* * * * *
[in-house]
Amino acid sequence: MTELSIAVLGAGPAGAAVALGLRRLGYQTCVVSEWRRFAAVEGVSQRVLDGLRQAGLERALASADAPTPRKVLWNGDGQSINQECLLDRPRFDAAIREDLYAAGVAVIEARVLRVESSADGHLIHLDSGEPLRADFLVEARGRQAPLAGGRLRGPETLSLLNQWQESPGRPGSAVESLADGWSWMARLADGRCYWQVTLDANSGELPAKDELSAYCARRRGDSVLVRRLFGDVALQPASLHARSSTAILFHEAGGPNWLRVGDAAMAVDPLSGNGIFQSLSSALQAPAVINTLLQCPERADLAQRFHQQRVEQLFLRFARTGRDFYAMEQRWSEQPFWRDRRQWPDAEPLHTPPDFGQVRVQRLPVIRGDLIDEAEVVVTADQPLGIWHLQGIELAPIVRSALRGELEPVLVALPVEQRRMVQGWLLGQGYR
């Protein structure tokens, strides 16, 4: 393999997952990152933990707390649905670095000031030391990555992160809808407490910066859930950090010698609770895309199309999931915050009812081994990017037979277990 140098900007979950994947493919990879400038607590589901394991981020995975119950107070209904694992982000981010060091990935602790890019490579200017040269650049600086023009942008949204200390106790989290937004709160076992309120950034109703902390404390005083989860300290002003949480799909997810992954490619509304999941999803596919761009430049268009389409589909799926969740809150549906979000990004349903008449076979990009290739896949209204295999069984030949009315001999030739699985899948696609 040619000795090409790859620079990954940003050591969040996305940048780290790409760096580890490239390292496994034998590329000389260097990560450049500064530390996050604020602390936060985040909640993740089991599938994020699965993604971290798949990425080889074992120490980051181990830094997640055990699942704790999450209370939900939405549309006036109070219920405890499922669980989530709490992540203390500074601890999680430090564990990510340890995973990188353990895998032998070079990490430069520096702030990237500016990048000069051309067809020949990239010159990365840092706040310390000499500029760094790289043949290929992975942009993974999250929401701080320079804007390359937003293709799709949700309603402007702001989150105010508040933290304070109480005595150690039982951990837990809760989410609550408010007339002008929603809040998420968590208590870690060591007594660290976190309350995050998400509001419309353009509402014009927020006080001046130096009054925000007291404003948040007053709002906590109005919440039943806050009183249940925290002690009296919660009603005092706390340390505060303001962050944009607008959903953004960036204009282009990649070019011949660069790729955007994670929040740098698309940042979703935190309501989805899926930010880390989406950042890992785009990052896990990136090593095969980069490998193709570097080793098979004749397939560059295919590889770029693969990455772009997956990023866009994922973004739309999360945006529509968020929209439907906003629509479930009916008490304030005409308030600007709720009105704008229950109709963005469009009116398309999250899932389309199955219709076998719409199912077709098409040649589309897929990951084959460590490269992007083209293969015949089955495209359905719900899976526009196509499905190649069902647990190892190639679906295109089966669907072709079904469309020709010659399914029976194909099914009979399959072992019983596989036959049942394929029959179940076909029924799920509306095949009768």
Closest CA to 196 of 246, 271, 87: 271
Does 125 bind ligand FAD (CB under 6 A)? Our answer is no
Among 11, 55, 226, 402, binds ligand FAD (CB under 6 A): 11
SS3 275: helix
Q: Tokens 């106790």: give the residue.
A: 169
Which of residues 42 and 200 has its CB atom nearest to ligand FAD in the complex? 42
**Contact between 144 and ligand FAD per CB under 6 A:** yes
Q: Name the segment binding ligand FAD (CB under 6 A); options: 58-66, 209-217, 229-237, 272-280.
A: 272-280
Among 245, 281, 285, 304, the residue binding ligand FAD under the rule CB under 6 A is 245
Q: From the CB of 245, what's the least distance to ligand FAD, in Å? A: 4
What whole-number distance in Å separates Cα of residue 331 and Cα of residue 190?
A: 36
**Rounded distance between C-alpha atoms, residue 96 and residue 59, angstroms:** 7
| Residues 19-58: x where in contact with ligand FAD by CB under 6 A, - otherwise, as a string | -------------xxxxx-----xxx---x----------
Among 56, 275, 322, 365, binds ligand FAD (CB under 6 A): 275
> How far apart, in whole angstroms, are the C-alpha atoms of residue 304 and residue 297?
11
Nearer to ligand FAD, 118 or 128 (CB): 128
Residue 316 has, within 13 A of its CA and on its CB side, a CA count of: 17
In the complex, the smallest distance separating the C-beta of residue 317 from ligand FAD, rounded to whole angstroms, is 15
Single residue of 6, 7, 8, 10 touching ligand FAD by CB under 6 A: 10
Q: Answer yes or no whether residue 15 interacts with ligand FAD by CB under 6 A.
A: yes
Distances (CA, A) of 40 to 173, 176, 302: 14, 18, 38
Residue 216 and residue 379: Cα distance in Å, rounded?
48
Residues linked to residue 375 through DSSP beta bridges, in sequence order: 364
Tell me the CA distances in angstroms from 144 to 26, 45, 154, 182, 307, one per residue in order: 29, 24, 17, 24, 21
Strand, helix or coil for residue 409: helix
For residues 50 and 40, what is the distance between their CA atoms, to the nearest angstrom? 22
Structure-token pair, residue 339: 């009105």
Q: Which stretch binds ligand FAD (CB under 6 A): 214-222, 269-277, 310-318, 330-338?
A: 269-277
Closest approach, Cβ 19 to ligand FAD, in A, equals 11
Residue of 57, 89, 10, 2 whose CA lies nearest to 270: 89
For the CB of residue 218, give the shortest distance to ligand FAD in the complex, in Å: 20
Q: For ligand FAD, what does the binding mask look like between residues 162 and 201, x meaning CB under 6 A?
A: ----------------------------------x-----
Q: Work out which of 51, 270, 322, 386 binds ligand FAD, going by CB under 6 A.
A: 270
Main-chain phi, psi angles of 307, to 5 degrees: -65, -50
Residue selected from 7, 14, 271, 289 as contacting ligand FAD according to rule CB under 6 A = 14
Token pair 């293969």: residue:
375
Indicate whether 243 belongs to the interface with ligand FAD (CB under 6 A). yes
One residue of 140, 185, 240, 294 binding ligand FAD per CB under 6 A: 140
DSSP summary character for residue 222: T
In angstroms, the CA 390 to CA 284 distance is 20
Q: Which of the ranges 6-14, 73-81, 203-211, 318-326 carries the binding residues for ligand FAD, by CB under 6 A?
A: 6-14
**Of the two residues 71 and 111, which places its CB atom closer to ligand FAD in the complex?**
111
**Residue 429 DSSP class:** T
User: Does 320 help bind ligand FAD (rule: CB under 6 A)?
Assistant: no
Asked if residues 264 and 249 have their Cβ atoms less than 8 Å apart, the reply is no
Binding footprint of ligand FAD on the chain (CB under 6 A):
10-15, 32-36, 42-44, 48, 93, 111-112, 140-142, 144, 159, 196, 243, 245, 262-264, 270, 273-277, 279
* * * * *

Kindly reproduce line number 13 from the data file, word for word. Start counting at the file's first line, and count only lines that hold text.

A: 272-280